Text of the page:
Moon Walking

Most visitors are drawn to Jersey’s beaches by their long, sun-drenched stretches and stunning vistas. However, a growing number are discovering the dazzling secrets that are revealed only as the day’s last rays disappear over the horizon.

Set to a backdrop of spooky dark sands and moody black skies, ‘moonwalkers’ hiking across the seabed are treated to a spectacular display of twinkling green crescent-shaped lights unique to only a few British beaches, including La Rocque Harbour. This nocturnal spectacle is caused by a plethora of bioluminescent worms that glow and sparkle across the sand and rock pools like constellations as the tide recedes.

In the light of day, these tiny brown marine creatures, measuring around 4mm, appear unassuming. However, when disturbed, a chemical reaction occurs in their bodies that causes them to glow a bright green for up to 20 seconds until they need to recharge their energy supply.

By day, these glowworms perform an important job, churning and aerating the sands into a soft texture, in the same way that earthworms work the soil, but when darkness falls, they reveal their truly mesmerizing style of nocturnal entertainment. While it is suspected that these special worms populate other parts of the British Isles, they can be hard to spot due to light pollution, perhaps explaining why even locals are often unaware of their presence. Thankfully, Jersey’s lack of street lights makes it easier for visitors with a keen eye to experience this natural phenomenon in all its glory.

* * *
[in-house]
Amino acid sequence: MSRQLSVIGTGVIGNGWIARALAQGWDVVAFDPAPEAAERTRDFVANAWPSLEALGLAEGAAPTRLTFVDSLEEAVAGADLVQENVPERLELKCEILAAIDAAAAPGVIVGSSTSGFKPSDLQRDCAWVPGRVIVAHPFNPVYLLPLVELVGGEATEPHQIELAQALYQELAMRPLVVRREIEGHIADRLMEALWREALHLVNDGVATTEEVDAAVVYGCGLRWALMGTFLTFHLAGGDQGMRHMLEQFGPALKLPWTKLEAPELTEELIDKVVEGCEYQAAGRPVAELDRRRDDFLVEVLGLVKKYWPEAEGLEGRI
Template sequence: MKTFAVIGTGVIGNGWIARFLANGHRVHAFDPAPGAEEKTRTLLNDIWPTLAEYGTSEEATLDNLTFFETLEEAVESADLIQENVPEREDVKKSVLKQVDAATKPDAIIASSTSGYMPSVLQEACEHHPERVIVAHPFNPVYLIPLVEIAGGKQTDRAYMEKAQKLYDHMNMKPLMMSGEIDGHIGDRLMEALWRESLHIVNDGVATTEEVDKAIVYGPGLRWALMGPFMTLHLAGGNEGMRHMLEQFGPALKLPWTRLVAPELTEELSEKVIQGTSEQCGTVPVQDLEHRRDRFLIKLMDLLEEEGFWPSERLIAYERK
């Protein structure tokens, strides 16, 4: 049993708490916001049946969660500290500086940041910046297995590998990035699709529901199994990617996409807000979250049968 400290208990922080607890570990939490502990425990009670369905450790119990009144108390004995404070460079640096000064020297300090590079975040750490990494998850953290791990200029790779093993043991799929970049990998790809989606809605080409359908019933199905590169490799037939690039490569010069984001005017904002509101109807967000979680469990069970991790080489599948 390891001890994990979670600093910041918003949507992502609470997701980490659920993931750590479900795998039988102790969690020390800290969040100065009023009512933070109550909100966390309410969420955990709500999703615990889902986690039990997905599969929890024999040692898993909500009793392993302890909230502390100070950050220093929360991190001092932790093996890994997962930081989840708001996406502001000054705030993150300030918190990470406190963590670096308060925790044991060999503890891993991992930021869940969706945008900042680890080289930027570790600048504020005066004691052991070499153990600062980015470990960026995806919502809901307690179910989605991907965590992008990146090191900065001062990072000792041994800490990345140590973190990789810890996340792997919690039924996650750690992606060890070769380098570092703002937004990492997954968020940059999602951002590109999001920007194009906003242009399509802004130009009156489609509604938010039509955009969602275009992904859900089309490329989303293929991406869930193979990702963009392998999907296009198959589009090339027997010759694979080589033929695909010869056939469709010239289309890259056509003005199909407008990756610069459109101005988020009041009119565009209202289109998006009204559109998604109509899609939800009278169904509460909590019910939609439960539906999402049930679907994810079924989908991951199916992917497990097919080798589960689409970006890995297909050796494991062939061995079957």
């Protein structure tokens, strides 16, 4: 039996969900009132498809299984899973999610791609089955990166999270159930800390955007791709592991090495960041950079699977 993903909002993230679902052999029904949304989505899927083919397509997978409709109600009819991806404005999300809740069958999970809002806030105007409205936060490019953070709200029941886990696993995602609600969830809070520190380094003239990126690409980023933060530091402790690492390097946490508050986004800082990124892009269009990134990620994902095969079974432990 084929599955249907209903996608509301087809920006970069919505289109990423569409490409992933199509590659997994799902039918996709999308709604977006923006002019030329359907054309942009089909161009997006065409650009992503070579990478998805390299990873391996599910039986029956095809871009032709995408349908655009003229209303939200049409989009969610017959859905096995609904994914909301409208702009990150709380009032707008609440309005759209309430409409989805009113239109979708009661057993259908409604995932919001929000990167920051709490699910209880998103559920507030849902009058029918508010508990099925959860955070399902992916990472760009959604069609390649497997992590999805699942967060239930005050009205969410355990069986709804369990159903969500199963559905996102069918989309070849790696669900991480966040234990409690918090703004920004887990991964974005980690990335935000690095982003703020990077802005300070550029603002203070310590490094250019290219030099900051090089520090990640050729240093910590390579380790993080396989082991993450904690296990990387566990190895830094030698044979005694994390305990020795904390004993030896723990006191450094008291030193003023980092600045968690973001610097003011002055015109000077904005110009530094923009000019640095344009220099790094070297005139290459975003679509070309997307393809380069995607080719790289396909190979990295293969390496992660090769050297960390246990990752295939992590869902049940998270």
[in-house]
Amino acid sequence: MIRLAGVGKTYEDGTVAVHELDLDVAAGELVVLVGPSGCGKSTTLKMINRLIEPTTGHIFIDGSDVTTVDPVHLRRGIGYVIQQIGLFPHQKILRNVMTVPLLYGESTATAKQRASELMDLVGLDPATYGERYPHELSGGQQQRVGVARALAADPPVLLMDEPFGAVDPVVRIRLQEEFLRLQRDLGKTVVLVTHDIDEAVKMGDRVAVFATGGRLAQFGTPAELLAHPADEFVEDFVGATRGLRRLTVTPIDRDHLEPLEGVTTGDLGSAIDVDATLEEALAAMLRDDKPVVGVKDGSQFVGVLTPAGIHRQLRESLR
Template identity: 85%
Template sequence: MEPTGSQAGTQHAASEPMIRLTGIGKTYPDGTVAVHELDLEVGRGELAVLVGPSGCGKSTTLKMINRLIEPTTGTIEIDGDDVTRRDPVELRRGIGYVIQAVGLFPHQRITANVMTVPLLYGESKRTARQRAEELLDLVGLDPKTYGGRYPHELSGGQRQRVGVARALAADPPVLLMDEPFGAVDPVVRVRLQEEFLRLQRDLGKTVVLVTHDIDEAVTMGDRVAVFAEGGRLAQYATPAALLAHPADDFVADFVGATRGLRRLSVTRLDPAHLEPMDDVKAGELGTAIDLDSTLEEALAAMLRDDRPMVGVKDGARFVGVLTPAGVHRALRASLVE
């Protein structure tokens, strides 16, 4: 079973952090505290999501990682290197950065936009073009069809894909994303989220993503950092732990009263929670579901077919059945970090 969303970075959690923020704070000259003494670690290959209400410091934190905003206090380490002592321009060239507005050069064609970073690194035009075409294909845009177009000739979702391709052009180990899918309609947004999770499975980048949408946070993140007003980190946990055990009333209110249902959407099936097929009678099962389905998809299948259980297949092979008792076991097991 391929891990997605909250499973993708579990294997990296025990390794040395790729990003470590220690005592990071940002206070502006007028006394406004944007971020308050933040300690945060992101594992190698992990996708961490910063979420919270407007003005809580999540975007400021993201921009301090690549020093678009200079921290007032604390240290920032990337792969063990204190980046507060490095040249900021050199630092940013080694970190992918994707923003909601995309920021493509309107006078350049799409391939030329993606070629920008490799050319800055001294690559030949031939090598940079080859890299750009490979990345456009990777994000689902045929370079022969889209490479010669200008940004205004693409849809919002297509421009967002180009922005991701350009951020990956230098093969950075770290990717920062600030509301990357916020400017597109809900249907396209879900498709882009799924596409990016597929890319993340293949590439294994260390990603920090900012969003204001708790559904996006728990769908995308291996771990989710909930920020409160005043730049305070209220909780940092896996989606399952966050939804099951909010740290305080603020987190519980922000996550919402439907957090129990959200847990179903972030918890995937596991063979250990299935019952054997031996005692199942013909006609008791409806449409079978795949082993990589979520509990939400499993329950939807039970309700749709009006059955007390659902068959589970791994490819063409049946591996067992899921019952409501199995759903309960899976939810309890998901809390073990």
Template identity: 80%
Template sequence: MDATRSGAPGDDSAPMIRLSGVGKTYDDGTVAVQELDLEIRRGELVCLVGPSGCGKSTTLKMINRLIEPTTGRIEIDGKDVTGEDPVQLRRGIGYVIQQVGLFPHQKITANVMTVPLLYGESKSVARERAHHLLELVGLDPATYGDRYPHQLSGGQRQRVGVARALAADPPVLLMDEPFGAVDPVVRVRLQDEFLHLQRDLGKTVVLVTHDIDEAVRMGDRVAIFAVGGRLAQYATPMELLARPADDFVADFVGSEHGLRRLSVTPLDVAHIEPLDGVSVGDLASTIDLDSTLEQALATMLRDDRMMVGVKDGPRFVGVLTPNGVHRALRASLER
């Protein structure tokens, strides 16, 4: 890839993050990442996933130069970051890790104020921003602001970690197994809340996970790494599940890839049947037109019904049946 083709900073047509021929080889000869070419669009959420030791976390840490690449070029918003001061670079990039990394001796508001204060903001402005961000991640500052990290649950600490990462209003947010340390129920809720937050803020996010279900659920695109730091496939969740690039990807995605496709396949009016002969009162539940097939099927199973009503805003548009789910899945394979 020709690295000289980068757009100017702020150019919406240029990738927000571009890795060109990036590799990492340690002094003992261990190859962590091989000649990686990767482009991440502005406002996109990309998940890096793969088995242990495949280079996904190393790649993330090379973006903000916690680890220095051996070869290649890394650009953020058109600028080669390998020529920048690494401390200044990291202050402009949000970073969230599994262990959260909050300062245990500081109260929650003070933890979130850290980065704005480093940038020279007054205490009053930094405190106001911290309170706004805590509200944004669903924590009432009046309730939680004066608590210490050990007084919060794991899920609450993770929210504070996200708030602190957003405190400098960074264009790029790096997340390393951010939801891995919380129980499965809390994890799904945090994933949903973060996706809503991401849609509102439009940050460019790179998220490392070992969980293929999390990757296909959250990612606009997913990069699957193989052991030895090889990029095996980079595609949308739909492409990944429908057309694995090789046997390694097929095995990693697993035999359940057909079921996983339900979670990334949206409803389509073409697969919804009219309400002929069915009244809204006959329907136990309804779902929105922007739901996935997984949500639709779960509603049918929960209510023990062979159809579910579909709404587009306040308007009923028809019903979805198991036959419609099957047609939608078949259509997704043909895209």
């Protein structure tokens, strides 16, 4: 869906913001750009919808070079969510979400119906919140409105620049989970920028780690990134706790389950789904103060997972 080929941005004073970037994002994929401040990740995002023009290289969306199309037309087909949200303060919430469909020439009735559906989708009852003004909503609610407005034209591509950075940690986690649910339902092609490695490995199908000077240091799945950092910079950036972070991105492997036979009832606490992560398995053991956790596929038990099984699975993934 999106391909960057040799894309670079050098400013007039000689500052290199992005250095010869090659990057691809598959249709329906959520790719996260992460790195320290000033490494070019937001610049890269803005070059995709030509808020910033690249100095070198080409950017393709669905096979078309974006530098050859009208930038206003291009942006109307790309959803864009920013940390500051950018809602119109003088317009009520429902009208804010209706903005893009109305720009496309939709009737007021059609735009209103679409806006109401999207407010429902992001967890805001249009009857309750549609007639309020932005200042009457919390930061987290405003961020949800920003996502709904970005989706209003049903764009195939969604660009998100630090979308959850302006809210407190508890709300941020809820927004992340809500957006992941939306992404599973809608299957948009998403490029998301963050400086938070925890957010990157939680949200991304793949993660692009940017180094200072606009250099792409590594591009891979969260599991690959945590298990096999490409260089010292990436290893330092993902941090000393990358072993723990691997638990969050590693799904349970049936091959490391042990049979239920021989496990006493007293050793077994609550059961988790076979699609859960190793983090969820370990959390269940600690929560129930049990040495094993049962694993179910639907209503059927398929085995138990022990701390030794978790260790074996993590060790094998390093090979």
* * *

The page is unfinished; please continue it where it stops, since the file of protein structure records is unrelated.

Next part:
Beyond these captivating seascapes illuminated by the moon’s rays, nocturnal visitors are treated to twinkling constellations reflected in the rock pools. On a clear night, it’s possible to spot shooting stars or possibly even a planet, but the most striking experience is simultaneously witnessing the universe from both underfoot and up above.

When the moon is at its brightest, star spotters can enjoy breathtaking views, but the greatest treat is when there is little or no moon, as starry constellations collide with the most brilliant displays of bioluminescence.